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Noah And Islam


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I'm sure I read on here at some point about someone teaching Noah from a Muslim perspective - the story of Nuh. Cannot find any post anywhere resembling this!! Does anyone have any ideas about the post / Nuh / stories from Islam for children? Thank you!

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Hi emmajess

Sorry I can't help you find the post. As far as I'm aware the story of Prophet Nuh (from a Muslim perspective) is the same as the Christian narration of Noah. There are no pictures of Prophet Nuh in the Islam for children book as muslims do not normally depict their prophets. If you can wait until tomorrow I can try and find details of a book containing the story for you.

 

:o

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Hi emmajess

Sorry I can't help you find the post. As far as I'm aware the story of Prophet Nuh (from a Muslim perspective) is the same as the Christian narration of Noah. There are no pictures of Prophet Nuh in the Islam for children book as muslims do not normally depict their prophets. If you can wait until tomorrow I can try and find details of a book containing the story for you.

 

:o

 

That is fantastic to know - I didn't realise that Muslims do not normally depict their prophets - that is so helpful, thank you. What is the Islam for Children book? Thank you for looking out details of Prophet Nuh story for me. If Muslims do not depict their prophets, would it be inappropriate to do a play of a story from Islam at some point in the same way that we would do a nativity play? As for not being able to find the post - I'm beginning to imagine I dreamt it - I spend such a lot of time on the forum that I've obviously started going on it in my sleep as well!

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Hi emmajess, being a convert muslim myself feel free to ask me any questions at all, any thing i don't know i can have answered at work as I work with muslim scholars. The Nuh story is similar to the christian story, the Prophet built the Ark and the animals went on in pairs, a male and a female. And yes we don't depict or draw our Prophets so usually in plays the voice of the Prophet would usually be a narration by a student rather than someone actually acting as the Prophet in the play.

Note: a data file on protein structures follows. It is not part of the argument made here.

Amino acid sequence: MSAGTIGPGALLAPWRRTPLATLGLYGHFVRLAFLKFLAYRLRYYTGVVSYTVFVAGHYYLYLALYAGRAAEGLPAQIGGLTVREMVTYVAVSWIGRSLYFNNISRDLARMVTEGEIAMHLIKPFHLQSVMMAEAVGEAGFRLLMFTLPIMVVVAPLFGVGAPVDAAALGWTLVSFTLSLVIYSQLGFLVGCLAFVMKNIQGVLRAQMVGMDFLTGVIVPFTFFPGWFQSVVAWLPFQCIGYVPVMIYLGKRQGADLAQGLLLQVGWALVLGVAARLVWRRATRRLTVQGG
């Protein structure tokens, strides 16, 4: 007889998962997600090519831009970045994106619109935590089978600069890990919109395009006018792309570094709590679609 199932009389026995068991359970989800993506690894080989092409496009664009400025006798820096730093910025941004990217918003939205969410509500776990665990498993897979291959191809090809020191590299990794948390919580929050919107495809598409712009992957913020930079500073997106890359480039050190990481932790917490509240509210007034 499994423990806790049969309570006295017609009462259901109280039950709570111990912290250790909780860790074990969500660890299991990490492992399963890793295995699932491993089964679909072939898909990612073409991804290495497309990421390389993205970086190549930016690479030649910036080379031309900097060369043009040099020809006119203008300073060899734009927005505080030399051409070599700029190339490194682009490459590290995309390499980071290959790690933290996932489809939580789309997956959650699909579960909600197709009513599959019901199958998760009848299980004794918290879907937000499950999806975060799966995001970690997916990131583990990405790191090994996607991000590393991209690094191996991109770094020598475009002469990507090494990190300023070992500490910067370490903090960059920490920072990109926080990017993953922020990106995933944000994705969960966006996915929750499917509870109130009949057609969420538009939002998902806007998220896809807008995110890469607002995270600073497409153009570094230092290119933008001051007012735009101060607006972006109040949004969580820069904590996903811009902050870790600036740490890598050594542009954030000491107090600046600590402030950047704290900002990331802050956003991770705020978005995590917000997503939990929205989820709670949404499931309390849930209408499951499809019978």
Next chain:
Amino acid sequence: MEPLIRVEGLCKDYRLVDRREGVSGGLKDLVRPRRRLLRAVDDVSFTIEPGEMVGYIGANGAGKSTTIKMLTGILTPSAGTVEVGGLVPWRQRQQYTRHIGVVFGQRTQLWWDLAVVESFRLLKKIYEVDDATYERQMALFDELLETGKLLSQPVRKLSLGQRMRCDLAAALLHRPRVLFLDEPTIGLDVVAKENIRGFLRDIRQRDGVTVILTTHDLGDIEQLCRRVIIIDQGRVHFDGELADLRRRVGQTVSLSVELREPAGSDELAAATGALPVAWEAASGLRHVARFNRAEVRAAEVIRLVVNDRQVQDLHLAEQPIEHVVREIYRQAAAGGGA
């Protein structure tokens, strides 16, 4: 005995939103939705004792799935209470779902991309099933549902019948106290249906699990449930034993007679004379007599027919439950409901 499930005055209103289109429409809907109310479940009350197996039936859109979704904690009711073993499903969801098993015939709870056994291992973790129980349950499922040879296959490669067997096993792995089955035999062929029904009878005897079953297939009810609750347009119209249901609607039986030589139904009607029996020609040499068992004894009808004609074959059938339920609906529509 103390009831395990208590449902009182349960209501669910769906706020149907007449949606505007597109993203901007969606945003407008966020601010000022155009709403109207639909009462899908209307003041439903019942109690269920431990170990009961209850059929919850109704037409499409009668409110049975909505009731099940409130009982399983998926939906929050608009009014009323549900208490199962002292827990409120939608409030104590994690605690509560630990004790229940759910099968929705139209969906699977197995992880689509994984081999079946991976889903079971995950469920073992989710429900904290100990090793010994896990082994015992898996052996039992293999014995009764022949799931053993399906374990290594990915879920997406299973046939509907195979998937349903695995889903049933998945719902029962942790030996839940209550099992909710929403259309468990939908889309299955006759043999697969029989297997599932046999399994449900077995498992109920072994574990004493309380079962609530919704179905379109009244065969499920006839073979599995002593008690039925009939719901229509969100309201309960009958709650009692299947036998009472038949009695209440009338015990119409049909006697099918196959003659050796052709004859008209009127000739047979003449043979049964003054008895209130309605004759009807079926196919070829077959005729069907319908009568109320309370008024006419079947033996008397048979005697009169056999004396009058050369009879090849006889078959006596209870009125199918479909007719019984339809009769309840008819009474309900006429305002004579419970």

Please don't feel shy i'm open to questions!!

 

aisha

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Hi emmajess, being a convert muslim myself feel free to ask me any questions at all, any thing i don't know i can have answered at work as I work with muslim scholars. The Nuh story is similar to the christian story, the Prophet built the Ark and the animals went on in pairs, a male and a female. And yes we don't depict or draw our Prophets so usually in plays the voice of the Prophet would usually be a narration by a student rather than someone actually acting as the Prophet in the play.

 

Please don't feel shy i'm open to questions!!

 

aisha

 

Thank you aisha, it's great to have expert advice! I had a chat with the one Muslim parent in our school today who has a daughter in my class and a son in year 3. She doesn't want her daughter to be at all involved in any of the Christmas work that is going on over the next few weeks. I wouldn't suggest she made a Christmas card for her family, as obviously she doesn't celebrate Christmas, but would you think it inappropriate for her to join in our nativity play? I've spoken to her mum about it, and said that I just say that this is a story that some people think about at this time of year, and that different people believe different things - this is just one story from one of many different faiths. I felt that it would just be acting out a story, that some people choose to believe, much in the same way that we might act out any story. I also pointed out the extent to which we look at stories from other faiths, too. The mum seems really convinced she wants to withdraw her daughter from any planned Christmas-based work, and I must say I really respect the strength of her conviction. I just wondered whether you, as a muslim, would agree that she be withdrawn, or could suggest any other ideas for talking to this mum? Sorry to be a pain, but I really want to get this right and include the little girl and her family in the learning we're doing at school, but definitely don't want to offend the mum. Any thoughts?